A rant is taking shape in your brain, anger is seething in your gut, your finger is poised over the “post” button. What could possibly go wrong? One option is to step away from your device, take a deep breath, and think “reconciliation.”
That is the advice offered in the new book, Posting Peace: Why Social Media Divides Us and What We Can Do about it. Author Douglas S. Bursch explores the effects of social media on human behaviour and offers a particular challenge to Jesus-followers.
Echoing media experts like Marshall McLuhan, Bursch explains how onscreen communication changes the way humans process and share ideas; it changes the way we function together. The technology of our online lives promotes division and polarization, rather than empathy and connection. The various social media platforms themselves invite a centering on oneself—one’s image—rather than helping to create understanding between people. Even if our intentions are good, our consuming and our sharing of content online distorts and often limits relationships to our own heterogenous circles.
Christians might say they love the truth and see social media as a place to share that truth with the world. Yet, as everyone else in that online space, we too are tempted to engage in forms of expression that are unkind and destructive.
In my own Twitter and Facebook feeds I see people promoting their causes through postures of arrogance and contempt for anyone who thinks differently. Posts dripping with sarcasm might appeal to followers with similar views, but they do little to convince me of the rightness of a particular cause. I see derision but rarely an invitation to understanding or dialogue. I just want to mute those voices.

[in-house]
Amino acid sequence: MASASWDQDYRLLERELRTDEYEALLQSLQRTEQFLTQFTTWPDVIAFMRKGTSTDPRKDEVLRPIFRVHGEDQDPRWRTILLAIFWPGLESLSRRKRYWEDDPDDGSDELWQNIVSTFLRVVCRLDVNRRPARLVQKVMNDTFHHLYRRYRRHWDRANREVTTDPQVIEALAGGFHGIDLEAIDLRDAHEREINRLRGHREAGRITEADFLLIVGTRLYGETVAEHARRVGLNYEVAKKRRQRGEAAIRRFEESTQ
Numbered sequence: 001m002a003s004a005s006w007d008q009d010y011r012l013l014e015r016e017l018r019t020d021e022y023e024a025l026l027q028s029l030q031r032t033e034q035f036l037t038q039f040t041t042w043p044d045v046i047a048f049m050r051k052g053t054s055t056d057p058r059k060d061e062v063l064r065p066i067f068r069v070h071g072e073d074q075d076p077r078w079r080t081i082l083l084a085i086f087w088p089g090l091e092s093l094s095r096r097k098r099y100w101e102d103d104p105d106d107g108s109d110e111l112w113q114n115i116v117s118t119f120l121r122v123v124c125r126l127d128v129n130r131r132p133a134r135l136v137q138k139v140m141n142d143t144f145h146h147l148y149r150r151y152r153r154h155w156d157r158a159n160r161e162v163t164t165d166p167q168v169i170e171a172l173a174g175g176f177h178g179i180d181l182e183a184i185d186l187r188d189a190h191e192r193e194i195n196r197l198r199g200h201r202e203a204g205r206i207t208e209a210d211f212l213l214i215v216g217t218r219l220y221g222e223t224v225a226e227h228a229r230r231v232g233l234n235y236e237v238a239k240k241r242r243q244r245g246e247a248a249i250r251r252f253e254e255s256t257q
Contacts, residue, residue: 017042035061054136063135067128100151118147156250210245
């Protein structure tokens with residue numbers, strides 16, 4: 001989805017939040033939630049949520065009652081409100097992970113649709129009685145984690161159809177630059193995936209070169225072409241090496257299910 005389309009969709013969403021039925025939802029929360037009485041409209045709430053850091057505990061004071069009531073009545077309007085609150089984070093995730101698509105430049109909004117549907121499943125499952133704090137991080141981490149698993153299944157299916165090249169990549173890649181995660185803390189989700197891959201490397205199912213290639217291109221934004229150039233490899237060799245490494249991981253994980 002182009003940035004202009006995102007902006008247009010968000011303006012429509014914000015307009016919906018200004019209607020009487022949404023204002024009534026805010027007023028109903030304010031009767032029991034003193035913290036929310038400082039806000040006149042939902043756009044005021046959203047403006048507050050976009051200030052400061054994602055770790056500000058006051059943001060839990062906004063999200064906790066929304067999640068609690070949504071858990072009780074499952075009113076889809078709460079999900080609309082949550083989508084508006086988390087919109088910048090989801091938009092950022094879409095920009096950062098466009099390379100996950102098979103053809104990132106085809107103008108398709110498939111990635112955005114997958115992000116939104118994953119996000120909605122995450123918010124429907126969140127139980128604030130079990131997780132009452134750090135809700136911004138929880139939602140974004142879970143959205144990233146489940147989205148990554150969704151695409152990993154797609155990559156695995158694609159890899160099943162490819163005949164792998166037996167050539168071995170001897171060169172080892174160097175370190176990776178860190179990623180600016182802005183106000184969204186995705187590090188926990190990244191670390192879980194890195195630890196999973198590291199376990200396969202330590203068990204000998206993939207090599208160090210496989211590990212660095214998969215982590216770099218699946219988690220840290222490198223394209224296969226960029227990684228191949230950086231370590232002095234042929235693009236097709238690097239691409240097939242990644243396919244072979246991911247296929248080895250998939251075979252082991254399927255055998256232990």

Bursch asks the challenging question: “What if we took the Sermon on the Mount seriously in our digital environments?” He points to the Apostle Paul’s reminder in 2 Corinthians 5: “Therefore, if anyone is in Christ, the new creation has come. The old has gone, the new is here! All this is from God, who reconciled us to himself through Christ and gave us the ministry of reconciliation. . . . We are therefore Christ’s ambassadors, as though God were making his appeal through us.”
Using the hashtag #Posting Peace, Bursch invites Christ’s digital disciples to live out that reconciliation on the screen. “For peacemakers, every online interaction presents us with the opportunity to make room for the reconciling presence of God,” he writes.
This challenge should resonate with us Anabaptists, who already profess a strong commitment to making peace in our physical environments. How might we live in the world of Facebook, Twitter, Instagram, and TikTok if our posts there reflected the challenge of #PostingPeace?
"In a polarized, divisive age, we must intentionally examine the motivation of our hearts when communicating truth,” states Bursch. “If we lose sight of love, we lose sight of our purpose for communicating."
Here are some digital friends I want to emulate. One friend uses Facebook to start conversation among his friends. He offers thoughtful questions that we can engage with—matters of the arts, history, and theology. Occasionally, he shares a question or doubt he’s struggling with and invites ideas from his online friends. He expresses curiosity and openness and, when he pushes back on an opinion, his approach is gentle.
Another friend posts on both Facebook and Twitter, calling attention to issues of politics, ethics and justice. Her posts acknowledge the complex realities in her own community and in the larger world. She amplifies the voices of people who are marginalized. Her tone is friendly and calm. She invites followers to respond with their insights on the topic. It’s clear that she will treat you with respect, no matter what you offer to the conversation.
Some of my social media contacts offer beautiful images, with short prayers or quotations to ponder. Their humourous content is respectful. Sometimes, they tell stories of challenges they’re facing, or successes achieved, not to call attention to themselves but as a member of a community that cares. Their posts express love for other people, the world, and for God.
Bursch reminds us, “Focusing on who is in the room helps me view social media disagreements not as ideological debates but as human interactions between real individuals, people God actively pursues with his kindness and grace.” He continues, “Peacemaking facilitates environments where people experience the living presence of the Prince of Peace. . . . Healthy Christian communication makes room for the movement and activity of God.”
What does digital reconciliation look like for you? Does your online presence reflect your role as an ambassador of God’s peace?